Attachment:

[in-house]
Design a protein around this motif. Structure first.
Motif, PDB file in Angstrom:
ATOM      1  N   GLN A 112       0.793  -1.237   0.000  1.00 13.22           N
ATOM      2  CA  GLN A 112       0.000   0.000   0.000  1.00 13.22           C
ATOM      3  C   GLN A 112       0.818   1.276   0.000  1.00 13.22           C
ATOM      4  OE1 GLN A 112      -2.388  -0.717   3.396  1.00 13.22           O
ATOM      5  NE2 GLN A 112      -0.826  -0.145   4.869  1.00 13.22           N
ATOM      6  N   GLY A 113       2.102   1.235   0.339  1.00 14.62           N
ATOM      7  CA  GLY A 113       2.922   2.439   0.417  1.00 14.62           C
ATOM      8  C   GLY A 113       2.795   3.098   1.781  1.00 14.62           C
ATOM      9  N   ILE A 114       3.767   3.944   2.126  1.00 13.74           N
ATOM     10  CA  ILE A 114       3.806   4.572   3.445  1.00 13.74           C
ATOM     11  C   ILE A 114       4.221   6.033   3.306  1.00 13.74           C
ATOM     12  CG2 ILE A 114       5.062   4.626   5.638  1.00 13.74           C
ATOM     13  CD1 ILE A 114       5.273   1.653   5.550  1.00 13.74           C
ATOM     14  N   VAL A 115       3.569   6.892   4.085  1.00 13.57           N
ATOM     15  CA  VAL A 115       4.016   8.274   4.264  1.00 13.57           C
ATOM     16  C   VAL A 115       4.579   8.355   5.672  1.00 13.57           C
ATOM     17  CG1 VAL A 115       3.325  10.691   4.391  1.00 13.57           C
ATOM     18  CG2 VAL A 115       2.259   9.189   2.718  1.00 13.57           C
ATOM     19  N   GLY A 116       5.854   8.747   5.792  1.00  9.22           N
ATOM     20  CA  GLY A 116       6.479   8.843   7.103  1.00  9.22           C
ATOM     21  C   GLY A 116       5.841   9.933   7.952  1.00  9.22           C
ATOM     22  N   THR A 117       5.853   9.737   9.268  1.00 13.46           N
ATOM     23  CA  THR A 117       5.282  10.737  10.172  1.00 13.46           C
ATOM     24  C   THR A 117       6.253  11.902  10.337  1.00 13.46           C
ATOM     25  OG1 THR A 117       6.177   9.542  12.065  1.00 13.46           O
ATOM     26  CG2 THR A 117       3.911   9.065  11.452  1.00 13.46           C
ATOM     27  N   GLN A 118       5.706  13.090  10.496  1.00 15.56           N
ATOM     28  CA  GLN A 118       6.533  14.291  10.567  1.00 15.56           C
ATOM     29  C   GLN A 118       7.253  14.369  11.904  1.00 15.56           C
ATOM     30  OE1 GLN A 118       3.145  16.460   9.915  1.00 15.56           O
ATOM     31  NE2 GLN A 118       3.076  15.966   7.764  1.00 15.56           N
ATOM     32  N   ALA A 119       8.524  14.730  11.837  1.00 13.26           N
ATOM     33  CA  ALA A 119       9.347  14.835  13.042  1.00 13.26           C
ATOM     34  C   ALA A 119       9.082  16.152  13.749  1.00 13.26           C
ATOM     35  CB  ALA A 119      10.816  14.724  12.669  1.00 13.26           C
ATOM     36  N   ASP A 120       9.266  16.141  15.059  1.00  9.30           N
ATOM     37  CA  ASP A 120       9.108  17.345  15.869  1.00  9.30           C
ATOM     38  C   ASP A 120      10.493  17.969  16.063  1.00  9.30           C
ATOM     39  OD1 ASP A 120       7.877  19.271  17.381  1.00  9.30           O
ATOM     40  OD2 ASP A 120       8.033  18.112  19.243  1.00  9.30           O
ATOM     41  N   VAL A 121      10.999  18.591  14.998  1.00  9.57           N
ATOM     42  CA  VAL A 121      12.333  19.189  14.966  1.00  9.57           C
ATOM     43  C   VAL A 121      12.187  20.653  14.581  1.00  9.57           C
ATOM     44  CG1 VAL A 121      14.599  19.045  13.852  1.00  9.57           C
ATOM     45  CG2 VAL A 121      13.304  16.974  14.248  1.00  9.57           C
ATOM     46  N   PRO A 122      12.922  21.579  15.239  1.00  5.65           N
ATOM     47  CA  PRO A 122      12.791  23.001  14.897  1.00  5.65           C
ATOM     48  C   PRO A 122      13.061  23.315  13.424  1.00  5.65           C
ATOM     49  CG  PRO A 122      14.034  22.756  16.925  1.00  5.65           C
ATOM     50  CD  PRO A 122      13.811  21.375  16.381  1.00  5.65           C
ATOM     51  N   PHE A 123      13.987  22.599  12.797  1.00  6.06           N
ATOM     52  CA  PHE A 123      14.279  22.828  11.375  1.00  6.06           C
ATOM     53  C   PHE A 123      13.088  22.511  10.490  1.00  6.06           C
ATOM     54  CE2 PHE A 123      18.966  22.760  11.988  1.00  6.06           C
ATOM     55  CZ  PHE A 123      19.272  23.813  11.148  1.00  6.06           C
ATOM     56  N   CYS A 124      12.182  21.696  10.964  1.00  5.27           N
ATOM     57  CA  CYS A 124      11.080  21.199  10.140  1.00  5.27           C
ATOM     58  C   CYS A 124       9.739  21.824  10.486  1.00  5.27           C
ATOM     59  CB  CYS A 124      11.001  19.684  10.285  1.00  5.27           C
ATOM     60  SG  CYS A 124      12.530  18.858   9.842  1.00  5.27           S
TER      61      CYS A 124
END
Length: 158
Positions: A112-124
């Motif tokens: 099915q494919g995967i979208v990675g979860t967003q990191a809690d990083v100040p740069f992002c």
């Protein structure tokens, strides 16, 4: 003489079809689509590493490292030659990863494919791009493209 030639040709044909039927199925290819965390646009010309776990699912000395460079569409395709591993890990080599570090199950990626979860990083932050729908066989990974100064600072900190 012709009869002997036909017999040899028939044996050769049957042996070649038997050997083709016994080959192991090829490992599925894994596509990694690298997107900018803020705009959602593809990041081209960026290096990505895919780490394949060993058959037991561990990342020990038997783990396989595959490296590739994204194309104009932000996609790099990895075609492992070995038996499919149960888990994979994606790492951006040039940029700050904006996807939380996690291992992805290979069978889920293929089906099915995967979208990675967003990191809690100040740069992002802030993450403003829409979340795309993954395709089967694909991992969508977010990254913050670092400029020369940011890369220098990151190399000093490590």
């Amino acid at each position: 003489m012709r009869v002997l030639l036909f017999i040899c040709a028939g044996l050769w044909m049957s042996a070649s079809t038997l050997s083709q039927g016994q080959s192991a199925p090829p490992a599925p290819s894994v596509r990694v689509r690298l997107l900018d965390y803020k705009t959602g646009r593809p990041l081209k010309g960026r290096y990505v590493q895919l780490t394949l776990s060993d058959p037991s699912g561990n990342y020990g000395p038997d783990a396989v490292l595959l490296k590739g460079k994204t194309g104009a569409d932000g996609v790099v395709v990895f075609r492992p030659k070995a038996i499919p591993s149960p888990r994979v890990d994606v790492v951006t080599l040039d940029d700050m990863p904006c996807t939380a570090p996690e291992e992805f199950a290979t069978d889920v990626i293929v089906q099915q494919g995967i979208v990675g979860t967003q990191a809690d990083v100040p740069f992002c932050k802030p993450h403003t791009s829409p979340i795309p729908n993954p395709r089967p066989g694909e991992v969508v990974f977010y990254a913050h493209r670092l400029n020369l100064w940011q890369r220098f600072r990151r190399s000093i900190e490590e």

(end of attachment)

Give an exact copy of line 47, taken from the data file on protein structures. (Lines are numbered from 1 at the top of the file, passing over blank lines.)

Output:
ATOM     44  CG1 VAL A 121      14.599  19.045  13.852  1.00  9.57           C